Student enrollment is continuing a five-year trend of limited or declining student growth. On Wednesday, student enrollment was 25,157, which does not include the 860 prekindergarten students scheduled to start on Sept. 3. The projection for this year was 26,773; however, based on this year’s enrollment trend, school officials are estimating enrollment at 26,500. Last year’s official enrollment was 26,644 students. The stalled student growth of the past several years is in contrast to the triple-digit student population increases of the preceding two decades. Enrollment growth since the start of the 2006 school year has slowed to the smallest numbers since the early 1980s when the school system last saw decreases in student enrollment. That decline was followed by 20 years of high growth, with as many as 700 to 800 new students enrolling in some years.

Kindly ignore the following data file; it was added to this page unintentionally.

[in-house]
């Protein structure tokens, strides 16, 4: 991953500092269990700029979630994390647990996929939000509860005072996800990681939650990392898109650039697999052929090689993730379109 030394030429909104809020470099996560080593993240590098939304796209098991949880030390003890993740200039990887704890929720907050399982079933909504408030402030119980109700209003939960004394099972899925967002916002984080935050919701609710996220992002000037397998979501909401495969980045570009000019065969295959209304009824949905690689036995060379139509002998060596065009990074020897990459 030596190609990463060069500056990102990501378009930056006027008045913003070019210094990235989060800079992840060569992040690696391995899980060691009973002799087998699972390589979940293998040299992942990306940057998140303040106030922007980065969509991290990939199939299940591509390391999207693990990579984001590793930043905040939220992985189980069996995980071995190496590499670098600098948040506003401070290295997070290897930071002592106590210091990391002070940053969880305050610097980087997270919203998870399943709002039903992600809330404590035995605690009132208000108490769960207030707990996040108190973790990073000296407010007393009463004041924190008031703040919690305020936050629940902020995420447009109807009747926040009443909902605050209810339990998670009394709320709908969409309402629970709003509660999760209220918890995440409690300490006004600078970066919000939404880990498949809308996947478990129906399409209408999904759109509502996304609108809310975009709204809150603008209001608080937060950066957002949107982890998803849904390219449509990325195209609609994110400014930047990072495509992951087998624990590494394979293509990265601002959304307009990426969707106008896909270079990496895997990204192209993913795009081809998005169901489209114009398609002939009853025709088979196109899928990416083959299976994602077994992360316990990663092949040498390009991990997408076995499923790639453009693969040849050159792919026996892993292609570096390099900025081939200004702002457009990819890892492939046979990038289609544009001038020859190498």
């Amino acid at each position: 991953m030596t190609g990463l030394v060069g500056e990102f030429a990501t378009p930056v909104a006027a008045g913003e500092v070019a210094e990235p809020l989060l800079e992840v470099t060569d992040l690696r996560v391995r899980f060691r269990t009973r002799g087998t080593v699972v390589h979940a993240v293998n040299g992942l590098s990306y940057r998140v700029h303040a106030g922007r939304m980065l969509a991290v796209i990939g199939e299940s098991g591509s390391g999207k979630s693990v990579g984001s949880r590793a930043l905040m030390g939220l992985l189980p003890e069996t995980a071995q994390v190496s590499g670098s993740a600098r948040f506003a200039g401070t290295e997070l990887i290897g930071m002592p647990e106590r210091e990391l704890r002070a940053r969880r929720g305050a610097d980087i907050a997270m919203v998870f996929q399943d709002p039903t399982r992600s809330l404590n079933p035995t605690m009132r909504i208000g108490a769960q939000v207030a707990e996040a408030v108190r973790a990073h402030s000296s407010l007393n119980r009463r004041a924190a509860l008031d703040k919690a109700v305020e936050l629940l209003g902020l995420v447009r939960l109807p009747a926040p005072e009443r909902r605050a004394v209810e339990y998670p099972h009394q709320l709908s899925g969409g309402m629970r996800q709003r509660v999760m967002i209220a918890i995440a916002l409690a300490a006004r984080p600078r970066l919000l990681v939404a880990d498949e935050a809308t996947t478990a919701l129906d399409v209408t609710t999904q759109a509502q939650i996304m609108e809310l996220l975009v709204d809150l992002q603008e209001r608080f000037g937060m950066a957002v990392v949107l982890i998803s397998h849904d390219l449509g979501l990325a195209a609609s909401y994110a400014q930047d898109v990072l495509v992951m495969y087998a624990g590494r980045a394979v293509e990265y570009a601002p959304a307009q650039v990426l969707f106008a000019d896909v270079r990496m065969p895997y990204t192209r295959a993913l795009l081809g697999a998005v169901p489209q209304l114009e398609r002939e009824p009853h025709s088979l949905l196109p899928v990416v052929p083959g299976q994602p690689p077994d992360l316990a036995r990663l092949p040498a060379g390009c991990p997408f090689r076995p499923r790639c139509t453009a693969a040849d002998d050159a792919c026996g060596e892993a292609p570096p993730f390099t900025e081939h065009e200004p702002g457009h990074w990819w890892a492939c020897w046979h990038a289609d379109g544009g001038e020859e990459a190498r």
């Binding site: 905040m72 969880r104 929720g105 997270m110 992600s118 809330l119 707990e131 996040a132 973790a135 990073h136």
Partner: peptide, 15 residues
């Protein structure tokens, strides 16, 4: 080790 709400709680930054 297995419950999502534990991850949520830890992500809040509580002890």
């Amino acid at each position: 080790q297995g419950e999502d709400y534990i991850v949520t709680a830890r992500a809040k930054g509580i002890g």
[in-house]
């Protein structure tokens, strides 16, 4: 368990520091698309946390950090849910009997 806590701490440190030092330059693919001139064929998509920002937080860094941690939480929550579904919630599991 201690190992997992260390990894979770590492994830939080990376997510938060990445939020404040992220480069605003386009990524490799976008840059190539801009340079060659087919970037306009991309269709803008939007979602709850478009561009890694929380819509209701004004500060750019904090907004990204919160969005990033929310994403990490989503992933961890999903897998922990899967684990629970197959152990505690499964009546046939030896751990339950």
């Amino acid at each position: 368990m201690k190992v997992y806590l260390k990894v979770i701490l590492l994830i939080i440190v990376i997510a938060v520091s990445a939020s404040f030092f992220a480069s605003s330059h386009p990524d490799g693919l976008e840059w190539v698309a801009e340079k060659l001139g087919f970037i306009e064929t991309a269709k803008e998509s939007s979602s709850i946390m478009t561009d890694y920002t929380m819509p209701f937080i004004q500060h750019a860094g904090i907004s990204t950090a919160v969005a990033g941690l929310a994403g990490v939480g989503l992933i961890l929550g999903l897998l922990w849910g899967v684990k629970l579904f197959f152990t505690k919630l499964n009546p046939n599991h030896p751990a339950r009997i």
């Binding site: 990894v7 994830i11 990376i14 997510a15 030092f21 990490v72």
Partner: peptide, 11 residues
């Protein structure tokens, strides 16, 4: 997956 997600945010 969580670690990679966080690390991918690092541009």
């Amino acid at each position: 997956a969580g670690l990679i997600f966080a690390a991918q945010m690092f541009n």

New teacher hires
Human Resources is winding down the hiring process for the 2013-14 school year. Connie Armstead, executive director of human resources, reported Monday that all but seven teaching positions had been filled. Vacancies are being covered with long-term substitutes. Charles County welcomed 169 new teachers, including 34 special education, 60 elementary and 75 secondary teachers. Human resources specialists reported shortage areas in special education, world languages, technical education, and high school science and mathematics.
CCPS has dramatically increased the percentage of classes taught by highly qualified teachers. Teachers with Advanced or Standard Professional Certification in the subject area they were teaching taught more than 96 percent of classes in Charles County last year.
School buses on the road
Volunteers manned the school bus hotline, which handled and answered 1,232 calls between Thursday, Aug. 22 and Tuesday, Aug. 27. The number of calls this year, according to Richard Wesolowski, director of transportation, was less than previous years as parents adjust to and use the automated School Locator to check their child’s school bus route. School Locator can be found through a link on the school system’s webpage at www.ccboe.com.